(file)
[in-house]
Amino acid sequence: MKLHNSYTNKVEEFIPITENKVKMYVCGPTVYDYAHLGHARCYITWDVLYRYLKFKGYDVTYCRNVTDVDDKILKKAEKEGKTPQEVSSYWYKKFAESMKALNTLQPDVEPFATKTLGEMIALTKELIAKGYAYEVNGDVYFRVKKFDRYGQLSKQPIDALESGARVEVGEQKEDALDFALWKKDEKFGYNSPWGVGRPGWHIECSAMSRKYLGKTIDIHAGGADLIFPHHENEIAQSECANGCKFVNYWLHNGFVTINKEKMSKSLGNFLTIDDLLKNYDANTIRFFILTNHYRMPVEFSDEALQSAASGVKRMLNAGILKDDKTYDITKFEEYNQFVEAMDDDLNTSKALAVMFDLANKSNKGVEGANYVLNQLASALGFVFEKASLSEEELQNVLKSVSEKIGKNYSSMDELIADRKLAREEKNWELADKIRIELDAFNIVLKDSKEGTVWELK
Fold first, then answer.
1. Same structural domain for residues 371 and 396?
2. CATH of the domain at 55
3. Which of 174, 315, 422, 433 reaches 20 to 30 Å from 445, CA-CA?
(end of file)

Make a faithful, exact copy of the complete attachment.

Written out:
[in-house]
Amino acid sequence: MKLHNSYTNKVEEFIPITENKVKMYVCGPTVYDYAHLGHARCYITWDVLYRYLKFKGYDVTYCRNVTDVDDKILKKAEKEGKTPQEVSSYWYKKFAESMKALNTLQPDVEPFATKTLGEMIALTKELIAKGYAYEVNGDVYFRVKKFDRYGQLSKQPIDALESGARVEVGEQKEDALDFALWKKDEKFGYNSPWGVGRPGWHIECSAMSRKYLGKTIDIHAGGADLIFPHHENEIAQSECANGCKFVNYWLHNGFVTINKEKMSKSLGNFLTIDDLLKNYDANTIRFFILTNHYRMPVEFSDEALQSAASGVKRMLNAGILKDDKTYDITKFEEYNQFVEAMDDDLNTSKALAVMFDLANKSNKGVEGANYVLNQLASALGFVFEKASLSEEELQNVLKSVSEKIGKNYSSMDELIADRKLAREEKNWELADKIRIELDAFNIVLKDSKEGTVWELK
Fold first, then answer.
1. Same structural domain for residues 371 and 396?
2. CATH of the domain at 55
3. Which of 174, 315, 422, 433 reaches 20 to 30 Å from 445, CA-CA?